Sky Ranch Celebrates 50 Years
Tucked into the dry South Dakota landscape, just beyond the buffalo, sits a cluster of simple buildings known as the Sky Ranch for Boys — a residential treatment facility for troubled male youth that owes its existence to support from the beverage alcohol industry. Sky Ranch will commemorate its 50th anniversary this June.
Industry support of Sky Ranch came about in the 1960s when Father Don Murray sought help for the troubled boys he was caring for at his rectory in Buffalo, S.D. Members of the local beverage alcohol industry were the first and only people to answer his call.
“They came up with the idea to build a special facility to give kids an opportunity for a fresh start. They pulled together and the rest is history,” says the Sky Ranch Foundation’s administrator and treasurer, Duncan Cameron. “Now, 50 years later, we have a 3,000-acre ranch with more than a dozen buildings. And the amazing thing is that the industry members who compete come together for Sky Ranch to do something very useful.”
Though the Sky Ranch Foundation doesn’t run the day-to-day program, it does make the facility’s operations possible through fundraising efforts and generous donations. To date, the industry has raised millions for Sky Ranch, covering the cost of everything from basic education courses to group therapy sessions that help get troubled boys back on the right track.
At the Ranch’s special education facility, the boys study English, math and science, while sessions with the staff counselors and therapists offer outlets to strengthen their learning and behavior skills. Participating in athletics and working with horses keep the boys physically active, and trademark initiatives such as a flight training program help boys discover their talents and reward good behavior.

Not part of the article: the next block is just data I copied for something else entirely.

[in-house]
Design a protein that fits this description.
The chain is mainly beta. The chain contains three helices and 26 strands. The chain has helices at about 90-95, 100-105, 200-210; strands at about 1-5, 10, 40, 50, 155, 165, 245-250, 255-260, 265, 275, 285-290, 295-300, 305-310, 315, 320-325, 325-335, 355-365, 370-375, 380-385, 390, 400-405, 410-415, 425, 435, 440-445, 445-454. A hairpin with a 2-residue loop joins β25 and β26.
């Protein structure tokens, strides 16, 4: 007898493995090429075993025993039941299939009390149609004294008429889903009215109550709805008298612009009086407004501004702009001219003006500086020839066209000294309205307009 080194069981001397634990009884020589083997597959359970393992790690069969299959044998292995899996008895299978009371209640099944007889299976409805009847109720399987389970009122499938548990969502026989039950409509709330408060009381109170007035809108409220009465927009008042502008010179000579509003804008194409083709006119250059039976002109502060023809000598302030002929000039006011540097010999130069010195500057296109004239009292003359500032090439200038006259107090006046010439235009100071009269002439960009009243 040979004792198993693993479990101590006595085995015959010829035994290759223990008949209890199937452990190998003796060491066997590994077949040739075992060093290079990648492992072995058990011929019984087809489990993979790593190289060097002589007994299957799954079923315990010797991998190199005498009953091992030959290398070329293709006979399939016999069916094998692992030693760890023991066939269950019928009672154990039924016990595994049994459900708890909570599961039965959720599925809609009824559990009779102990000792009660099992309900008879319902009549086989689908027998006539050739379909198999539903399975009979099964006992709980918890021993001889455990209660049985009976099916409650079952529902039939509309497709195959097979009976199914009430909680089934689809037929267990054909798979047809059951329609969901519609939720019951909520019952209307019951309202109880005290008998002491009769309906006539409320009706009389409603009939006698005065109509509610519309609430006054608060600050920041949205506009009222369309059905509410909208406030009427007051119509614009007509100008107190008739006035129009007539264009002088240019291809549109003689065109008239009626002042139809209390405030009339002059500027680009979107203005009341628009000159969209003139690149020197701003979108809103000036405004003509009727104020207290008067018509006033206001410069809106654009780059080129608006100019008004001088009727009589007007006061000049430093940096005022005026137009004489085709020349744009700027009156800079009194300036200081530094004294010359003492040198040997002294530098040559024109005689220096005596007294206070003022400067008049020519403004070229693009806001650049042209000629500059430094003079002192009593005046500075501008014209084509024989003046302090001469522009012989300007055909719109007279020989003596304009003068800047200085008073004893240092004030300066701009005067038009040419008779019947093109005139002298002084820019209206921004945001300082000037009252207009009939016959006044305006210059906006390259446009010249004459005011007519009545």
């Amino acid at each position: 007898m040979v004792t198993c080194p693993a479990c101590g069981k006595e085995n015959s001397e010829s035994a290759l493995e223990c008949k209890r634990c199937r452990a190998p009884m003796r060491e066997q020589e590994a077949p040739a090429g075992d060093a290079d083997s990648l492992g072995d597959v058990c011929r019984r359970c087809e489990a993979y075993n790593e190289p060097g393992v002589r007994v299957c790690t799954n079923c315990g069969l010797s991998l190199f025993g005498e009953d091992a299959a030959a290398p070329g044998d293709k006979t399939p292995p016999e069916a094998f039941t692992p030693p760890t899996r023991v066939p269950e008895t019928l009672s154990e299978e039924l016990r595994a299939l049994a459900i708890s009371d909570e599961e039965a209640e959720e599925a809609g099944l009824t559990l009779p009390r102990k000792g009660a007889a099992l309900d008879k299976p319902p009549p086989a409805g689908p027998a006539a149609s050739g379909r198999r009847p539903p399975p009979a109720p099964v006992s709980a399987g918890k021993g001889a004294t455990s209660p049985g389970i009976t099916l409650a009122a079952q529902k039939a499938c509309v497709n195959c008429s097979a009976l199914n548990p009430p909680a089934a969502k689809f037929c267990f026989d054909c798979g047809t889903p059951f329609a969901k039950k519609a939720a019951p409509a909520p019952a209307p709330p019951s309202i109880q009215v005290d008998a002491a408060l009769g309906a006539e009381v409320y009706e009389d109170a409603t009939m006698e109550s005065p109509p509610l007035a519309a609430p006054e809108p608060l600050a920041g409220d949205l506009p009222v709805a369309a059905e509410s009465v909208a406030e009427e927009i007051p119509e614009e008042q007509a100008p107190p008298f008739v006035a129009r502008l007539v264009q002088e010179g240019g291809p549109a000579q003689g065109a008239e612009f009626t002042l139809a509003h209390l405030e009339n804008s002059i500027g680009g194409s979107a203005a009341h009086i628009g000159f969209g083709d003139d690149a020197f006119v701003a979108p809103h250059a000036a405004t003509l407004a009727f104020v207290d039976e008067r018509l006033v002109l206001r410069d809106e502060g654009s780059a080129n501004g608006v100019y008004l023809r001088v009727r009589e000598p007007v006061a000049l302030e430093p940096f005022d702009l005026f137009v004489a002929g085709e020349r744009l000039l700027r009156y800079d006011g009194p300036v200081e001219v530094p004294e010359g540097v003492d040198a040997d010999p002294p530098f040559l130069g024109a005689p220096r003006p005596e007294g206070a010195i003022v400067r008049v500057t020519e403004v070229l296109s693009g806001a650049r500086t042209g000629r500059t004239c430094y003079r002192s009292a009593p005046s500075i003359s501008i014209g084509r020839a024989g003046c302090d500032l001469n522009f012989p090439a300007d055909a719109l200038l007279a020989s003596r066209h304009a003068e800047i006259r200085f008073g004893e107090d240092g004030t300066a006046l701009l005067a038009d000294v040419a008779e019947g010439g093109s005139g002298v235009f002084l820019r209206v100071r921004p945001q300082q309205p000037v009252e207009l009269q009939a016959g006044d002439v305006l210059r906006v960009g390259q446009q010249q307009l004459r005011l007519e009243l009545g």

Monetary contributions are not the only way the industry supports Sky Ranch. Industry leaders including Foundation president Ralph Aguera of Brown-Forman and Foundation chairman Mike Donohoe of Future Brands also volunteer as mentors, corresponding with individual boys to offer moral support and advice during their time at the ranch.
“We are helping young men turn their lives around. Most of these kids come from lousy parents who came from lousy parents, and what we are trying to do in some way is break that cycle and develop some fine young men for the future,” Aguera says.
Industry support will no doubt continue beyond the ranch’s 50th anniversary because leaders including Aguera and Donohoe understand the value of the industry’s giving tradition. “The alcohol beverage industry supports a lot of worthy causes, but this is the only charity where we really own this [cause],” Cameron says. “This is our tradition but it is also our responsibility. We have a commitment to history and our own reputation to make sure this program continues to do well.”